Lingerie comes out to play

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Lingerie comes out to play
An increasing number of women, such as Ms Ellena Young, are buying lacy bras and bralettes - wireless bras without moulded cups - to show them off under sheer or crop tops. The 21-year-old Singaporean business student, who is single, says that undergarments are a fashion accessory and they lend a "feminine detail" to her look with lace, intricate straps, embroidery and a pop of colour.
The Straits Times

A glimpse of one's bra used to be considered risque, but not anymore.

An increasing number of women, such as Ms Ellena Young, are buying lacy bras and bralettes - wireless bras without moulded cups - to show them off under sheer or crop tops.

The 21-year-old Singaporean business student, who is single, says that undergarments are a fashion accessory and they lend a "feminine detail" to her look with lace, intricate straps, embroidery and a pop of colour.

Ms Young, who often lets the lace band of her bralette peek out from under her crop top, says: "I just think it makes my outfit look nicer and makes me feel more confident."

The Ngee Ann Polytechnic student, who has eight bras that she uses as fashion accessories, from brands such as Cotton On Body and home-grown label Naked and Unbound, adds: "I've received stares from strangers when I go out, but I don't really care."

More women in Singapore are lapping up pretty lingerie.

According to data from market research company Euromonitor, despite the current slump in the retail industry, the value of the underwear market here has risen from $245.5 million in 2011 to $287.2 million last year - a jump of 17 per cent.

In that same period, the apparel industry as a whole grew just 4 per cent.

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Growth in the underwear market has meant more lingerie variety for shoppers here.

There are at least four new brands here, including Naked and Unbound, which was started in late 2015.

Other brands are expanding or increasing their lingerie range.

American brand Victoria's Secret - which used to sell only a limited selection of panties, perfumes and body products here -opened a flagship store at Mandarin Gallery in November.

The new boutique sells a wide selection of lacy bodysuits and bralettes with strappy neckline details that can be worn to spruce up an outfit.

Sales at the store, which also sells other accessories such as bags and purses, have been 30 per cent higher than expected.

British brand Agent Provocateur, known for its exquisite lingerie, opened at The Shoppes at Marina Bay Sands in August last year.

And Hong Kong-based multilabel lingerie e-commerce site Avec Amour expanded into Singapore in November after its founder, Ms Tara Lin, saw a gap in the market.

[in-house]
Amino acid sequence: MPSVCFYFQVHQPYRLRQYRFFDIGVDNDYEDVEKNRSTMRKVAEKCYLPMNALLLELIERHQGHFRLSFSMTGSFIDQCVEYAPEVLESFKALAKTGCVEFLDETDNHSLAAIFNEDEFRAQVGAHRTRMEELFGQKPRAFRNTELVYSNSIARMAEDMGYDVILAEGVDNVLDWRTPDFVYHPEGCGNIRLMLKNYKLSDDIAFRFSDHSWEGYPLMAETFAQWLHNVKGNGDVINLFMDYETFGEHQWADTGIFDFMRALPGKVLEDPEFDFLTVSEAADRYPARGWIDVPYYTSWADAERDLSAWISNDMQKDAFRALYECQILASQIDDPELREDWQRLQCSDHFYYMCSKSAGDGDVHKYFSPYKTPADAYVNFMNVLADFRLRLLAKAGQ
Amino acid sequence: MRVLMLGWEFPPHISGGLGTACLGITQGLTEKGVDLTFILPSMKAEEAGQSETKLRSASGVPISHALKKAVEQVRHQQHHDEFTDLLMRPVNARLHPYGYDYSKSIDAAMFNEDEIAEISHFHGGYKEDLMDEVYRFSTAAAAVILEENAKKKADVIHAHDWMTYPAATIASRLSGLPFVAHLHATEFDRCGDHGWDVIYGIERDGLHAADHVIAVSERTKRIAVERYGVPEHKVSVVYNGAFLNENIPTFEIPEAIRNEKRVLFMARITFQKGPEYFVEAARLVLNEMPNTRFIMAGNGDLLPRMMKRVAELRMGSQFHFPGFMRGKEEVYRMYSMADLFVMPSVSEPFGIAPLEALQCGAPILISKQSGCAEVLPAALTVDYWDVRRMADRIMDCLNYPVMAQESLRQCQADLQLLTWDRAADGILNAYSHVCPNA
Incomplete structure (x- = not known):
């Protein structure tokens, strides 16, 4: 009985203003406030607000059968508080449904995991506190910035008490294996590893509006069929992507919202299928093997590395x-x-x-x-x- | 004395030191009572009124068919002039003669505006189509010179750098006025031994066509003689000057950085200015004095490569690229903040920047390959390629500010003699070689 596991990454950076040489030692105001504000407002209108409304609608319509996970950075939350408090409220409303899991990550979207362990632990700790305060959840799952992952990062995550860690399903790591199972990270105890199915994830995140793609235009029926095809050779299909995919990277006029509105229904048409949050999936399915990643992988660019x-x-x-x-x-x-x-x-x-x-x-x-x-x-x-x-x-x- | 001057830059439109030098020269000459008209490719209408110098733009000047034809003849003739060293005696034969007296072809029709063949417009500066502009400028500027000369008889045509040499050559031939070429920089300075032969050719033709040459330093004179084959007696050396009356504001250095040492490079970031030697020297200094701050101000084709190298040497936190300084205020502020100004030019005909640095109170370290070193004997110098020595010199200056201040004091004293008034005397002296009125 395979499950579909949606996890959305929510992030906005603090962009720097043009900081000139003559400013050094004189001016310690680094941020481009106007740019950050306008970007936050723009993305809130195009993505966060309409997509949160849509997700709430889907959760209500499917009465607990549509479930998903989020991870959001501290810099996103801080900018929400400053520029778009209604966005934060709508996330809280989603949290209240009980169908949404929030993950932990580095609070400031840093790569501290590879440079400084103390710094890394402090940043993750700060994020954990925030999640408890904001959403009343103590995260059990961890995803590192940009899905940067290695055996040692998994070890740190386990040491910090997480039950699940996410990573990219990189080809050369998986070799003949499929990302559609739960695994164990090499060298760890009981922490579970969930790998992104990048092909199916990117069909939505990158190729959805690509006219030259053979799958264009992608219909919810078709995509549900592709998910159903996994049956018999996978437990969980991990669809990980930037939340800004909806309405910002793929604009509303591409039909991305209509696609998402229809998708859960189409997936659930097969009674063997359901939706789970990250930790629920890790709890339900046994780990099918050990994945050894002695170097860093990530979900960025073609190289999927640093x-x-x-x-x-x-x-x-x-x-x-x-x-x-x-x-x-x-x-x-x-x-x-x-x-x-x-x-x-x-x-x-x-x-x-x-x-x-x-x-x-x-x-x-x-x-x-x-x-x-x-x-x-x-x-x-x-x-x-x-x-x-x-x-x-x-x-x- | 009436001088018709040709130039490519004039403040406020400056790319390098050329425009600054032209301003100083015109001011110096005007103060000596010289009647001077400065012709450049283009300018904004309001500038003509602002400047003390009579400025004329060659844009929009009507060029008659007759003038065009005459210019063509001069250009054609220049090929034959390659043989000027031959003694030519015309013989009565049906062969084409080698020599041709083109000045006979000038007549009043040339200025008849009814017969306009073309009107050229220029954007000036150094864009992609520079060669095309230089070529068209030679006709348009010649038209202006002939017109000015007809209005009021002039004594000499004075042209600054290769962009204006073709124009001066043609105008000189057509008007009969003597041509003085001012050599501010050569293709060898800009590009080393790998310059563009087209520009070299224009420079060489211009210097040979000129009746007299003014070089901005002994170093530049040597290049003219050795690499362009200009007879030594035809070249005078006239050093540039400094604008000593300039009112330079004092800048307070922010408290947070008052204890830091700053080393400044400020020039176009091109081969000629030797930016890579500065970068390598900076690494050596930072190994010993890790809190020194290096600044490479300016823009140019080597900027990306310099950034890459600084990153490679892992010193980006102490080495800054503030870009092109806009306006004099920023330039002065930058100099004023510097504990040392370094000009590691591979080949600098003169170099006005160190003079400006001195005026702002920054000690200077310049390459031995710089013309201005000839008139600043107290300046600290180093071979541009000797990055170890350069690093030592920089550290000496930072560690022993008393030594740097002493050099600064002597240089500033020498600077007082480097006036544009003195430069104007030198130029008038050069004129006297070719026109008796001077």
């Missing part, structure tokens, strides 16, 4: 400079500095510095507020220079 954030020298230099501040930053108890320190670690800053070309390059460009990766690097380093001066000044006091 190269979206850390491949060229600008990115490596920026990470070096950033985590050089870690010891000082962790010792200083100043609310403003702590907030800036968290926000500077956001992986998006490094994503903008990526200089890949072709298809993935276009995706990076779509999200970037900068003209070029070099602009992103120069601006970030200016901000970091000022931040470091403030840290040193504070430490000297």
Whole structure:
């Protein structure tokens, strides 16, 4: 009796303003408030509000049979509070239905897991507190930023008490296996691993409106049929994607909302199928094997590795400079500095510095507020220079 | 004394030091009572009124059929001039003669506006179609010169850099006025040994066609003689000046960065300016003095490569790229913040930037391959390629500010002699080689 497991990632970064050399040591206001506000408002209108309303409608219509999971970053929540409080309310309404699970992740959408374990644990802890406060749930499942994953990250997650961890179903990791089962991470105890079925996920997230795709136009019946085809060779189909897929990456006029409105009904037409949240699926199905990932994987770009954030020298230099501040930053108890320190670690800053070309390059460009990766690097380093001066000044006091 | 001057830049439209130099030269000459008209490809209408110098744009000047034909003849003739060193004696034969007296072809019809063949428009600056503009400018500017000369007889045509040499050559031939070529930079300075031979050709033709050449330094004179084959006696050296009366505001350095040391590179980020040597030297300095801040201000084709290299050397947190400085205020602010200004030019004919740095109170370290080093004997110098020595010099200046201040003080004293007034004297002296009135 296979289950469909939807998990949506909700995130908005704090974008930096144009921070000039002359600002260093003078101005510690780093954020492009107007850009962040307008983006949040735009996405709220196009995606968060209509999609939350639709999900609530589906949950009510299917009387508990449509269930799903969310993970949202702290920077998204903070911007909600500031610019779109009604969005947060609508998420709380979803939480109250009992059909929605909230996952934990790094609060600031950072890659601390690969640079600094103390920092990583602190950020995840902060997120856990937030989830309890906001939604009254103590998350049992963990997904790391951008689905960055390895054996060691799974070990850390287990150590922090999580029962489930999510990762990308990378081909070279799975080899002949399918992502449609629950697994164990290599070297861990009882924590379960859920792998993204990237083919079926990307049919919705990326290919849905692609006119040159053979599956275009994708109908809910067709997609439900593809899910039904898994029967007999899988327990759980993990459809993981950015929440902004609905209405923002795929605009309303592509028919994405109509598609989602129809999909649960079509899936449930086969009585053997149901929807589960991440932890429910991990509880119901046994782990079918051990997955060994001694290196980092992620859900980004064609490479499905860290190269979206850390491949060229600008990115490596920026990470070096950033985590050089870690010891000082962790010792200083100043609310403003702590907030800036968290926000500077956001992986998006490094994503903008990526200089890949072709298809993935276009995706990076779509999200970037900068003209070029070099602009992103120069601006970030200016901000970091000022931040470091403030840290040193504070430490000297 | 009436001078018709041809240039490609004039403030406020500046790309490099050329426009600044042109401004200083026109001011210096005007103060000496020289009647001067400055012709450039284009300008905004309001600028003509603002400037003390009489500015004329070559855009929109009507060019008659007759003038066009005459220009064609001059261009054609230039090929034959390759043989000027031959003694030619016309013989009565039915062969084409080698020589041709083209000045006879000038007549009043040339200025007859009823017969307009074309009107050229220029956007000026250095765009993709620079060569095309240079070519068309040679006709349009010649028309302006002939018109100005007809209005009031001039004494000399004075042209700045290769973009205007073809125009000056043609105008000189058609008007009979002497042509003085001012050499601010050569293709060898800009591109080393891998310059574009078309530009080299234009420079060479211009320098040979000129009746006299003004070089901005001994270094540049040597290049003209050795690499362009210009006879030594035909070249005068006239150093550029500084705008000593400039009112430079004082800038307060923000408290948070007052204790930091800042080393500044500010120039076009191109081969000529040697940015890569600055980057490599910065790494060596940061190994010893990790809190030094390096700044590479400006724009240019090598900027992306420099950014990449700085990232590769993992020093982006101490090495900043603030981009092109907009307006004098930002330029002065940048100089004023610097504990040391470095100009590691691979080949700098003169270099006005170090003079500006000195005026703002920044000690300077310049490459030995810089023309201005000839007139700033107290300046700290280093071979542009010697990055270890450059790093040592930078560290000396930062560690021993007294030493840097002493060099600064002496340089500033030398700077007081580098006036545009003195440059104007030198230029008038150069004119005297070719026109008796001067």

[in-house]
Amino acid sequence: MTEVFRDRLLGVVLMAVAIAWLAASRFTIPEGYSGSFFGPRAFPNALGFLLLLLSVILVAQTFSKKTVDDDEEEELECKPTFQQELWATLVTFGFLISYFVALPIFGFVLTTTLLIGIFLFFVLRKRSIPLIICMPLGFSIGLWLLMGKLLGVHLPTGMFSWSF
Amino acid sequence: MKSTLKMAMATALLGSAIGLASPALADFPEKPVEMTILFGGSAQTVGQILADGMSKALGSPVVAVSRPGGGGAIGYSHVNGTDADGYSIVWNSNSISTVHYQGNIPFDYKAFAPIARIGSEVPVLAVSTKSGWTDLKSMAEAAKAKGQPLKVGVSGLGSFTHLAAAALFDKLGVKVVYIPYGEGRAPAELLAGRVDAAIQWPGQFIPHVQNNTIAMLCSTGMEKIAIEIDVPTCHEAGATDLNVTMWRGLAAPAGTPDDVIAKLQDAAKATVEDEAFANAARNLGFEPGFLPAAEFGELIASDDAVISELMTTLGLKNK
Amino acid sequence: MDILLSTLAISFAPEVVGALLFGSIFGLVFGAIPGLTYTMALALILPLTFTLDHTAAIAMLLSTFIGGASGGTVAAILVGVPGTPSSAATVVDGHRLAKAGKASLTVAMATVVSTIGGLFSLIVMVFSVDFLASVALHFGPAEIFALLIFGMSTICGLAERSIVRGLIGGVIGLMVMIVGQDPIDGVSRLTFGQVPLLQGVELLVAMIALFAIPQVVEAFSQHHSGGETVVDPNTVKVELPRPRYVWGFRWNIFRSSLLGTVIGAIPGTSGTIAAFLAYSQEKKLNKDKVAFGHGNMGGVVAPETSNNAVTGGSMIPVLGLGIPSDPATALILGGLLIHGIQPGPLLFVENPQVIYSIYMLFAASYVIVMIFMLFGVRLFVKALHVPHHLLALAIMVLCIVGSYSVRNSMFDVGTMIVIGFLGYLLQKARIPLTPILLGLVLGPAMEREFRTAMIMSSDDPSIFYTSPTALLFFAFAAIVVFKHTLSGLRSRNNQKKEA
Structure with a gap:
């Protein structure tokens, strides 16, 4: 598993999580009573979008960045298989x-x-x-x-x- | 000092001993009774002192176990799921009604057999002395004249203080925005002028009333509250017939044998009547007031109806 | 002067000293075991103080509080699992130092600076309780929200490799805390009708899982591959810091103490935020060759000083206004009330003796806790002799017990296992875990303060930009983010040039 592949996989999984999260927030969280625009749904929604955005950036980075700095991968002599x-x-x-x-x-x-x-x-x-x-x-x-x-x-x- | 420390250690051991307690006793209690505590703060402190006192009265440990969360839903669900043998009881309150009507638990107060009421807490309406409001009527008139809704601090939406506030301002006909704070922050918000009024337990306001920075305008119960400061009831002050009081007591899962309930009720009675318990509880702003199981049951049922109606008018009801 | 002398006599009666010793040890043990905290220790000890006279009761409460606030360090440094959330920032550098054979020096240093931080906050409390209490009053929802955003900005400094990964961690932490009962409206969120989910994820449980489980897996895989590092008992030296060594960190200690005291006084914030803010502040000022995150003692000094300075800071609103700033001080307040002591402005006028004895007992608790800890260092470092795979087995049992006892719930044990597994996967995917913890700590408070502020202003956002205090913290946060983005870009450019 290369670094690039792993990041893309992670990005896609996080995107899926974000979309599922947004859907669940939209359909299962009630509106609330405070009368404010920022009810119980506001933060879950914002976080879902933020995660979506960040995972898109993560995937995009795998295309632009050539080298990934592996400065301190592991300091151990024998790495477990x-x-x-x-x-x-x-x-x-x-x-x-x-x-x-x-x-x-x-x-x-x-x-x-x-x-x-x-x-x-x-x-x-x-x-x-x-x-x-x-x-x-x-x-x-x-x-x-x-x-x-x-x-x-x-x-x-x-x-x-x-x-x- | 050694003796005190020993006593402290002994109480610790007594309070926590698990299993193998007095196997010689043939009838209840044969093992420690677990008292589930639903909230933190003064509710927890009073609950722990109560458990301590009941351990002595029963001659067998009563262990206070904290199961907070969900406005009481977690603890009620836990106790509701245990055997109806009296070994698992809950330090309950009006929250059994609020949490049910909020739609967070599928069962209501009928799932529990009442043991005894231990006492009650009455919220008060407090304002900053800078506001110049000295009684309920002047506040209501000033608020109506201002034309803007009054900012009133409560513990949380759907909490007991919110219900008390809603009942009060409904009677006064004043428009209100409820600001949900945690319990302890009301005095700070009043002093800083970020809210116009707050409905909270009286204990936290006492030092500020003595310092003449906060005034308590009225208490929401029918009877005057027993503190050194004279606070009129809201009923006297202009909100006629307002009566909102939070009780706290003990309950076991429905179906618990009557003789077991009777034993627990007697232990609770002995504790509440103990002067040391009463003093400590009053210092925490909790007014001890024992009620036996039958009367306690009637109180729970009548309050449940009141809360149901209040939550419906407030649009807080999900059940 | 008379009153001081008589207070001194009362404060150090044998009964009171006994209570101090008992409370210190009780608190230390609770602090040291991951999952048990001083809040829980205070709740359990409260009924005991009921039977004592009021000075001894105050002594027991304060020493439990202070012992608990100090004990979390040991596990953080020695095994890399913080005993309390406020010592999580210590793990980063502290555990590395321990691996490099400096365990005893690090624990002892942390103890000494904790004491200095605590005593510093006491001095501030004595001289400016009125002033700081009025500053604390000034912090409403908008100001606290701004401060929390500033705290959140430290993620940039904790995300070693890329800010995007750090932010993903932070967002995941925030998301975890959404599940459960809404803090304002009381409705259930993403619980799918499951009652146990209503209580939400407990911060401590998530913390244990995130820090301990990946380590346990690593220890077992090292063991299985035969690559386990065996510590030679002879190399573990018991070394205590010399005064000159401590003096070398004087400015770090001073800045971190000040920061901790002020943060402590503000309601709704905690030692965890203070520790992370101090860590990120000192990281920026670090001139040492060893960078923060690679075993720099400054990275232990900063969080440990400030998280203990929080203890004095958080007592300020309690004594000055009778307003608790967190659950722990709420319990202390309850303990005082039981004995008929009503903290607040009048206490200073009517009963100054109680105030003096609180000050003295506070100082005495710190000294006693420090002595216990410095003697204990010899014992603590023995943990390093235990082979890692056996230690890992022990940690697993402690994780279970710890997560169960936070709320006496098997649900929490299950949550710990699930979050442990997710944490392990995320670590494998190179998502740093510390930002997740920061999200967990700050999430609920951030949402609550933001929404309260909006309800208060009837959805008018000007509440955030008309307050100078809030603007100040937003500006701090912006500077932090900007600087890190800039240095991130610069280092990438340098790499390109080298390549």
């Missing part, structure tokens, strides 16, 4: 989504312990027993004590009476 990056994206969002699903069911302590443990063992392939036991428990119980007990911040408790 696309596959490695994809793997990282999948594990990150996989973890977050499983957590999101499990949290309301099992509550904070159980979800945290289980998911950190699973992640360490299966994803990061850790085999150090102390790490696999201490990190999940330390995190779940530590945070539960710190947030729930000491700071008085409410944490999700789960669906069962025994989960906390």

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The 36-year-old says: "Seeing how well received Avec Amour was in Hong Kong, I strongly believed there was a need for gorgeous lingerie in Singapore too."

Avec Amour carries a range of more than 20 international designer lingerie brands, such as Heidi Klum Intimates and Stella McCartney Lingerie.

These labels boast bras pretty enough to be worn under a sheer top.

Home-grown label Perk by Kate, which opened in 2012 and sells bralettes from its in-house label as well as those from brands such as Ukrainian luxury label Zhilyova Lingerie, saw a threefold increase in sales last year.

Department stores OG and Takashimaya have also noticed more women buying lacy and bold coloured lingerie.

An OG spokesman says the store has noticed the trend among women aged 25 to 35.

Accessorising with lingerie comes on the back of the look appearing on fashion runways, such as the Spring 2017 shows of luxury fashion brands Kenzo, Prada and Alexander McQueen.

Lingerie-loving celebrities have also helped to push the look into mainstream fashion.

American model Kendall Jenner, 21, for instance,whofronts advertising campaigns for Italian lingerie brand La Perla, is known for her off-duty style of wearing lacy bralettes under jackets; sheer bodysuits; and see-through lace skirts with high-waisted briefs.

All this has turned underwear into a fashion statement rather than something women wear to protect their modesty, says Ms Regina Yeo, adjunct senior lecturer of marketing at the National University of Singapore's business school.

She adds: "Another possible reason is that younger female shoppers and millennials want to look for more fashionable and sexier alternatives compared with the more traditional brands that they identify with their mothers' or grandmothers' eras, which they may perceive as staid-looking and unfashionable."

And unlike the push-up Wonderbra, which had advertisements skewed heavily towards the male gaze during the 1990s, women are now putting their preferences first when it comes to choosing lingerie.

Never mind if the men do not get it.

Ms Karen Goh, 43, who has 70 bras, most of them lacy ones, says: "I deliberately let the eyelash lace of my bralette peek out from underneath a top, but my husband commented that it looks like chest hair."

The housewife, who is married to a commercial pilot and has two children, adds: "The lingerie is for myself. I wear it every day and it's for me to feel good."

alywoo@sph.com.sg


This article was first published on March 2, 2017.
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